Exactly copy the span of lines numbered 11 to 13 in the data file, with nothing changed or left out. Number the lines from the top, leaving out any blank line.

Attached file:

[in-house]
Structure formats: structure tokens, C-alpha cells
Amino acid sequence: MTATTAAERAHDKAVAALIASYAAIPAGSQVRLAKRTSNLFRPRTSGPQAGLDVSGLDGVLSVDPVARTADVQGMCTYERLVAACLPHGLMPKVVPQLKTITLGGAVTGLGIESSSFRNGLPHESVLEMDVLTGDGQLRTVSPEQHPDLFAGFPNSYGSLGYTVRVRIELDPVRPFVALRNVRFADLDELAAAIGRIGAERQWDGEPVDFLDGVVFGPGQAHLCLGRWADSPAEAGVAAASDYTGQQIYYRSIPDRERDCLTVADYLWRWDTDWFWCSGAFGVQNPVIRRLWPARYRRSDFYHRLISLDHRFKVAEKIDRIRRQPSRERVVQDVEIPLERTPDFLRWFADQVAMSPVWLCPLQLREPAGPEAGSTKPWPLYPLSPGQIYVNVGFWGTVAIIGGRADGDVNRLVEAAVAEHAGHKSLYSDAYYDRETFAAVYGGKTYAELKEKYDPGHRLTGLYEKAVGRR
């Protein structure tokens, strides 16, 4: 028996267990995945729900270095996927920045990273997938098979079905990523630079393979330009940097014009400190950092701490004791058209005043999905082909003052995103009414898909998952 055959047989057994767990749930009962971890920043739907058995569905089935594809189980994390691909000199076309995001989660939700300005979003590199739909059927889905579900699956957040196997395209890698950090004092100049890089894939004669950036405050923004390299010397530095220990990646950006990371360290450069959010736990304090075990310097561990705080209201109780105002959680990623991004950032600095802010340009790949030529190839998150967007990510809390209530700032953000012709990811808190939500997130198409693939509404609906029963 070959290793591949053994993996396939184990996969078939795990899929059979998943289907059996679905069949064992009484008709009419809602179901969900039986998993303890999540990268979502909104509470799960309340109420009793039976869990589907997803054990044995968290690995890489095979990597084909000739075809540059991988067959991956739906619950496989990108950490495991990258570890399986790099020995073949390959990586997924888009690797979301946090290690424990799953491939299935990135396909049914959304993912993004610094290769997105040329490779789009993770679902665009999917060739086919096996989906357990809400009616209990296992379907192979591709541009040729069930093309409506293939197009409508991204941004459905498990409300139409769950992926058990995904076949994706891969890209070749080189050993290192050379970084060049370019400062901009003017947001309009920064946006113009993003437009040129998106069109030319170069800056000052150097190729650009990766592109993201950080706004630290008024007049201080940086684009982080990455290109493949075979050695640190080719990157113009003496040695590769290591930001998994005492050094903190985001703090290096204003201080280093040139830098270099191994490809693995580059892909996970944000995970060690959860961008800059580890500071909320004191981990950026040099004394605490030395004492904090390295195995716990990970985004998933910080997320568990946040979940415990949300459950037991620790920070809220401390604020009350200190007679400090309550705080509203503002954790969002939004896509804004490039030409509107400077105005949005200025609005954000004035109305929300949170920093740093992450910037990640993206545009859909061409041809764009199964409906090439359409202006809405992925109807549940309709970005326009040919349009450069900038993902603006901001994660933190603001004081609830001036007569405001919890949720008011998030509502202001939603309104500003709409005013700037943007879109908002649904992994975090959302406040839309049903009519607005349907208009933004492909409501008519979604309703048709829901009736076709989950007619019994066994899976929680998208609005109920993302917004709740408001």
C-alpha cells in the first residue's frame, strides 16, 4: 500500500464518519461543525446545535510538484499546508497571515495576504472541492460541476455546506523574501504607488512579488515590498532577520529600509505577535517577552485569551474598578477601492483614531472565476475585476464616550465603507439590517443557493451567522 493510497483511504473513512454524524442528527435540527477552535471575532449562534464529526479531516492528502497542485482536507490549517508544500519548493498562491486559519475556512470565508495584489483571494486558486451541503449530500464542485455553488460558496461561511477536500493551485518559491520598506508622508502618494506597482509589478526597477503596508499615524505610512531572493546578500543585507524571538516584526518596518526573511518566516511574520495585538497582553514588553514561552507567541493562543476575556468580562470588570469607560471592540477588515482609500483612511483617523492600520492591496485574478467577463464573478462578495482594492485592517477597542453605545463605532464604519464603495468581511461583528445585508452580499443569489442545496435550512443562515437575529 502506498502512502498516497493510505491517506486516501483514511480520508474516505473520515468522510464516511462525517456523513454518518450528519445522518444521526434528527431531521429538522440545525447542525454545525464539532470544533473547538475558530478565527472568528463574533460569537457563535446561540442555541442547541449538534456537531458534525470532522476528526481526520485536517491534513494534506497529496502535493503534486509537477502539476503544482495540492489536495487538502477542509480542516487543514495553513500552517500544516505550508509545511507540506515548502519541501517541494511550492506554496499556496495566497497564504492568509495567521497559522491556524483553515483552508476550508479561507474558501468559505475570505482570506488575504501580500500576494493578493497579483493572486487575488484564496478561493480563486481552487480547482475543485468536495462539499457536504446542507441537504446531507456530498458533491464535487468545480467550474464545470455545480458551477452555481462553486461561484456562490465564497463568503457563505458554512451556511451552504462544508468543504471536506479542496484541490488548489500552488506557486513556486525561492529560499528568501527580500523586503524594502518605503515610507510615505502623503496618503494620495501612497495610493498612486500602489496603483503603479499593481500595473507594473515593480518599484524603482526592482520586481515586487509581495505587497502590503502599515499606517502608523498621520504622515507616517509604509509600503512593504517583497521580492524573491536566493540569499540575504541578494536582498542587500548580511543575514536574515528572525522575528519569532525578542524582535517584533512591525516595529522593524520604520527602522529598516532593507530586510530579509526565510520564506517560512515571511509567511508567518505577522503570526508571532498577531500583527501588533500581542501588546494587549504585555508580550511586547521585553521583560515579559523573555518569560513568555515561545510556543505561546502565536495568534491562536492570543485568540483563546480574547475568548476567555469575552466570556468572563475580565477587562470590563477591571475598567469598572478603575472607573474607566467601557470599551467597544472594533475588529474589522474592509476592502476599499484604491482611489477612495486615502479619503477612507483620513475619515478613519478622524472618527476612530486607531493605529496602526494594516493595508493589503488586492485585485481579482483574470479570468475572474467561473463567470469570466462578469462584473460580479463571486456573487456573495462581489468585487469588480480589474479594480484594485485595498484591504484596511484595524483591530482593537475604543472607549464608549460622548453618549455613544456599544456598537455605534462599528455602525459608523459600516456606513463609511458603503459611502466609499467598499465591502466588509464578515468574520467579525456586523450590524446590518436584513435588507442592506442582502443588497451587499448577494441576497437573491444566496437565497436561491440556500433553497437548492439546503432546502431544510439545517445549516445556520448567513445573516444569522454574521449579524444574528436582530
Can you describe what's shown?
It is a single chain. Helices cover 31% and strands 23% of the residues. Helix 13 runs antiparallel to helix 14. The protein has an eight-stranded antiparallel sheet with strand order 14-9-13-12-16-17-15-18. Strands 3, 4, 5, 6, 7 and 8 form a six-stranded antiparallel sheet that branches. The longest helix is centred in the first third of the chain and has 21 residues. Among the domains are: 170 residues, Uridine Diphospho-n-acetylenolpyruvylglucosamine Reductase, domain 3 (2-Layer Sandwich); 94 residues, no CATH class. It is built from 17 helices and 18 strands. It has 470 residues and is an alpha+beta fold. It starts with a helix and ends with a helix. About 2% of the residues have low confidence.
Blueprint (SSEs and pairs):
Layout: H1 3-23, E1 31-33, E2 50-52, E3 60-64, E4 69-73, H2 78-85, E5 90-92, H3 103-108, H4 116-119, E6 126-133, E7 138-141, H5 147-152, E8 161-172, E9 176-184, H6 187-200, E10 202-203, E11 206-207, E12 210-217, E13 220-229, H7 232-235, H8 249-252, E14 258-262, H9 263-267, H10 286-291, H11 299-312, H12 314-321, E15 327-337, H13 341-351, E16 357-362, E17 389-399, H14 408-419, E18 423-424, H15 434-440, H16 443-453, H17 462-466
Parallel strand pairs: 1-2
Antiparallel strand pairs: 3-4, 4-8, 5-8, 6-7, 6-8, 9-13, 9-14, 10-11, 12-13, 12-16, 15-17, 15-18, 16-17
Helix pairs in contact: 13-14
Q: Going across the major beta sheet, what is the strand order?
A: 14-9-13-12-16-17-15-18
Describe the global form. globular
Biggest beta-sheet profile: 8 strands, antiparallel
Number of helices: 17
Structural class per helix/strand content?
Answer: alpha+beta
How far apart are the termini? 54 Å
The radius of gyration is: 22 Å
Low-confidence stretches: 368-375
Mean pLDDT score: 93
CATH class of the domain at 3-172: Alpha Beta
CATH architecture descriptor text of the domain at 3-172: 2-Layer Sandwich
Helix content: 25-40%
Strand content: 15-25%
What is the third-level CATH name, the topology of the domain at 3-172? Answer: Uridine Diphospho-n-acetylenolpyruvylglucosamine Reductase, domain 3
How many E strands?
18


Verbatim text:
Antiparallel strand pairs: 3-4, 4-8, 5-8, 6-7, 6-8, 9-13, 9-14, 10-11, 12-13, 12-16, 15-17, 15-18, 16-17
Helix pairs in contact: 13-14
Q: Going across the major beta sheet, what is the strand order?